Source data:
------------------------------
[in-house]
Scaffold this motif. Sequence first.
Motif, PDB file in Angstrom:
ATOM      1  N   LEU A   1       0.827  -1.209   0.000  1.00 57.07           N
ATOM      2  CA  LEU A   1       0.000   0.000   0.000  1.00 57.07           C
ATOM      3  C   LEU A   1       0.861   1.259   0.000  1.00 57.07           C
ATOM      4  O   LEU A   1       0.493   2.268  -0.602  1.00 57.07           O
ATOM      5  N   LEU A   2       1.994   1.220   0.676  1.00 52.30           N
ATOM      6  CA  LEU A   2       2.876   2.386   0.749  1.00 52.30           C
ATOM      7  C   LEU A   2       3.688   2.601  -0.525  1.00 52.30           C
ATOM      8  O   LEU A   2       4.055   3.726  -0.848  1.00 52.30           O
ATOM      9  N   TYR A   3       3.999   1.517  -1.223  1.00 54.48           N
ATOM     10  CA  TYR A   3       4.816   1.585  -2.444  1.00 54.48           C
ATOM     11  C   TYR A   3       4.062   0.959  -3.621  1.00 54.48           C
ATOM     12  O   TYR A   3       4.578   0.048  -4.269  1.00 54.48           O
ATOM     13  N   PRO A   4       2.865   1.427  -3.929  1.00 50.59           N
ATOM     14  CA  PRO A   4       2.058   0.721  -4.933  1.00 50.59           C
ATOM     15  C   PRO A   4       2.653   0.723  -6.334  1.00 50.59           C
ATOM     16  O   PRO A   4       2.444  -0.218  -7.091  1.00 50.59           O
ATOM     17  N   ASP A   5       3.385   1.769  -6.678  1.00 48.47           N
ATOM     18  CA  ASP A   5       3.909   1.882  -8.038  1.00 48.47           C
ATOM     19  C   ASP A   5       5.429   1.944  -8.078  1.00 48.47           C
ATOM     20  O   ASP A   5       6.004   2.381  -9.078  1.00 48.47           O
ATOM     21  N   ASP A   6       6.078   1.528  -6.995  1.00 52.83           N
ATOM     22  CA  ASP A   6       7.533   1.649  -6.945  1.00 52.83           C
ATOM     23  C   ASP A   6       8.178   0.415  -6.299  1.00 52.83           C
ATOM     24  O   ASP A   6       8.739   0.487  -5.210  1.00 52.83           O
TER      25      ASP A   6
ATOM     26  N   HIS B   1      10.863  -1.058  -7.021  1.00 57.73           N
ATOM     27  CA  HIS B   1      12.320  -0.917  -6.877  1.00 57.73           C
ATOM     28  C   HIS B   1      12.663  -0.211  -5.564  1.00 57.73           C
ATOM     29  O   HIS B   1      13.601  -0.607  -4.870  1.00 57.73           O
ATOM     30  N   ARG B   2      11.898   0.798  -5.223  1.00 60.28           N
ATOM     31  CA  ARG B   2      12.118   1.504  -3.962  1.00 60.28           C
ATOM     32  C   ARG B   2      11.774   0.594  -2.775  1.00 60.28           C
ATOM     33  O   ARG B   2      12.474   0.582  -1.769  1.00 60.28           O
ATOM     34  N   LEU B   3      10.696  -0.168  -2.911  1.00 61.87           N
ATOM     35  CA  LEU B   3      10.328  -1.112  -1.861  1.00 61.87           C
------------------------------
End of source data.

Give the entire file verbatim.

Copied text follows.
[in-house]
Scaffold this motif. Sequence first.
Motif, PDB file in Angstrom:
ATOM      1  N   LEU A   1       0.827  -1.209   0.000  1.00 57.07           N
ATOM      2  CA  LEU A   1       0.000   0.000   0.000  1.00 57.07           C
ATOM      3  C   LEU A   1       0.861   1.259   0.000  1.00 57.07           C
ATOM      4  O   LEU A   1       0.493   2.268  -0.602  1.00 57.07           O
ATOM      5  N   LEU A   2       1.994   1.220   0.676  1.00 52.30           N
ATOM      6  CA  LEU A   2       2.876   2.386   0.749  1.00 52.30           C
ATOM      7  C   LEU A   2       3.688   2.601  -0.525  1.00 52.30           C
ATOM      8  O   LEU A   2       4.055   3.726  -0.848  1.00 52.30           O
ATOM      9  N   TYR A   3       3.999   1.517  -1.223  1.00 54.48           N
ATOM     10  CA  TYR A   3       4.816   1.585  -2.444  1.00 54.48           C
ATOM     11  C   TYR A   3       4.062   0.959  -3.621  1.00 54.48           C
ATOM     12  O   TYR A   3       4.578   0.048  -4.269  1.00 54.48           O
ATOM     13  N   PRO A   4       2.865   1.427  -3.929  1.00 50.59           N
ATOM     14  CA  PRO A   4       2.058   0.721  -4.933  1.00 50.59           C
ATOM     15  C   PRO A   4       2.653   0.723  -6.334  1.00 50.59           C
ATOM     16  O   PRO A   4       2.444  -0.218  -7.091  1.00 50.59           O
ATOM     17  N   ASP A   5       3.385   1.769  -6.678  1.00 48.47           N
ATOM     18  CA  ASP A   5       3.909   1.882  -8.038  1.00 48.47           C
ATOM     19  C   ASP A   5       5.429   1.944  -8.078  1.00 48.47           C
ATOM     20  O   ASP A   5       6.004   2.381  -9.078  1.00 48.47           O
ATOM     21  N   ASP A   6       6.078   1.528  -6.995  1.00 52.83           N
ATOM     22  CA  ASP A   6       7.533   1.649  -6.945  1.00 52.83           C
ATOM     23  C   ASP A   6       8.178   0.415  -6.299  1.00 52.83           C
ATOM     24  O   ASP A   6       8.739   0.487  -5.210  1.00 52.83           O
TER      25      ASP A   6
ATOM     26  N   HIS B   1      10.863  -1.058  -7.021  1.00 57.73           N
ATOM     27  CA  HIS B   1      12.320  -0.917  -6.877  1.00 57.73           C
ATOM     28  C   HIS B   1      12.663  -0.211  -5.564  1.00 57.73           C
ATOM     29  O   HIS B   1      13.601  -0.607  -4.870  1.00 57.73           O
ATOM     30  N   ARG B   2      11.898   0.798  -5.223  1.00 60.28           N
ATOM     31  CA  ARG B   2      12.118   1.504  -3.962  1.00 60.28           C
ATOM     32  C   ARG B   2      11.774   0.594  -2.775  1.00 60.28           C
ATOM     33  O   ARG B   2      12.474   0.582  -1.769  1.00 60.28           O
ATOM     34  N   LEU B   3      10.696  -0.168  -2.911  1.00 61.87           N
ATOM     35  CA  LEU B   3      10.328  -1.112  -1.861  1.00 61.87           C